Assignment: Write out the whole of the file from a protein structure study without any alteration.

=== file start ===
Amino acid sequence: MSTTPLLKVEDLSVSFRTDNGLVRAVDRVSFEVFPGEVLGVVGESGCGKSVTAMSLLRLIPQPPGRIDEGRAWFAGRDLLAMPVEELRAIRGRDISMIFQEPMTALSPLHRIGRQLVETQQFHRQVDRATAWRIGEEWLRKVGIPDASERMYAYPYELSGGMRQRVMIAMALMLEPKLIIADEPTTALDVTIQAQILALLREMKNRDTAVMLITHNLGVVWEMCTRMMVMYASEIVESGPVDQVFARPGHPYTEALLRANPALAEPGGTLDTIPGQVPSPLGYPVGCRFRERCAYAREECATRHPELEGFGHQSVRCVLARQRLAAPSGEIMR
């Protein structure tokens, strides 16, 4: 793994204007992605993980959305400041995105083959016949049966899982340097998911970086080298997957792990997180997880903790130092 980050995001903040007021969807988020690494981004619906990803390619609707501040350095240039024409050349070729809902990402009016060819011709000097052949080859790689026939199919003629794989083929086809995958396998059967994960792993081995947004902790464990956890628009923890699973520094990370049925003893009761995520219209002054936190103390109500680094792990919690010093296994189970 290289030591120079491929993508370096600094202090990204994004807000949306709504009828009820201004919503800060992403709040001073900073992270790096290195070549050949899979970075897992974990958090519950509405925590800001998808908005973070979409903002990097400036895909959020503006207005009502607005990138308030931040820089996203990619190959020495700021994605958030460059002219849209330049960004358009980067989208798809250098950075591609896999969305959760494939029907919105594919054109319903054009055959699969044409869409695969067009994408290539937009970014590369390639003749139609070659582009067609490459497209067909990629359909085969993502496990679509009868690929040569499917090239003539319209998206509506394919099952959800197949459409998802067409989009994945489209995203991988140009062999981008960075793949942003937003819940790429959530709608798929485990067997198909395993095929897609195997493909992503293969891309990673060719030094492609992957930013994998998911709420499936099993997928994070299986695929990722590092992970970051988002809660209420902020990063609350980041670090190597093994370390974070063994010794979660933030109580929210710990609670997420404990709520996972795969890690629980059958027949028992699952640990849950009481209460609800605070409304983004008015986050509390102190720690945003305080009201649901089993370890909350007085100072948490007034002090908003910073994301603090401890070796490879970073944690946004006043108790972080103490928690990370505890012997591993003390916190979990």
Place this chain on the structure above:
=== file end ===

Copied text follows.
Amino acid sequence: MSTTPLLKVEDLSVSFRTDNGLVRAVDRVSFEVFPGEVLGVVGESGCGKSVTAMSLLRLIPQPPGRIDEGRAWFAGRDLLAMPVEELRAIRGRDISMIFQEPMTALSPLHRIGRQLVETQQFHRQVDRATAWRIGEEWLRKVGIPDASERMYAYPYELSGGMRQRVMIAMALMLEPKLIIADEPTTALDVTIQAQILALLREMKNRDTAVMLITHNLGVVWEMCTRMMVMYASEIVESGPVDQVFARPGHPYTEALLRANPALAEPGGTLDTIPGQVPSPLGYPVGCRFRERCAYAREECATRHPELEGFGHQSVRCVLARQRLAAPSGEIMR
């Protein structure tokens, strides 16, 4: 793994204007992605993980959305400041995105083959016949049966899982340097998911970086080298997957792990997180997880903790130092 980050995001903040007021969807988020690494981004619906990803390619609707501040350095240039024409050349070729809902990402009016060819011709000097052949080859790689026939199919003629794989083929086809995958396998059967994960792993081995947004902790464990956890628009923890699973520094990370049925003893009761995520219209002054936190103390109500680094792990919690010093296994189970 290289030591120079491929993508370096600094202090990204994004807000949306709504009828009820201004919503800060992403709040001073900073992270790096290195070549050949899979970075897992974990958090519950509405925590800001998808908005973070979409903002990097400036895909959020503006207005009502607005990138308030931040820089996203990619190959020495700021994605958030460059002219849209330049960004358009980067989208798809250098950075591609896999969305959760494939029907919105594919054109319903054009055959699969044409869409695969067009994408290539937009970014590369390639003749139609070659582009067609490459497209067909990629359909085969993502496990679509009868690929040569499917090239003539319209998206509506394919099952959800197949459409998802067409989009994945489209995203991988140009062999981008960075793949942003937003819940790429959530709608798929485990067997198909395993095929897609195997493909992503293969891309990673060719030094492609992957930013994998998911709420499936099993997928994070299986695929990722590092992970970051988002809660209420902020990063609350980041670090190597093994370390974070063994010794979660933030109580929210710990609670997420404990709520996972795969890690629980059958027949028992699952640990849950009481209460609800605070409304983004008015986050509390102190720690945003305080009201649901089993370890909350007085100072948490007034002090908003910073994301603090401890070796490879970073944690946004006043108790972080103490928690990370505890012997591993003390916190979990």
Place this chain on the structure above: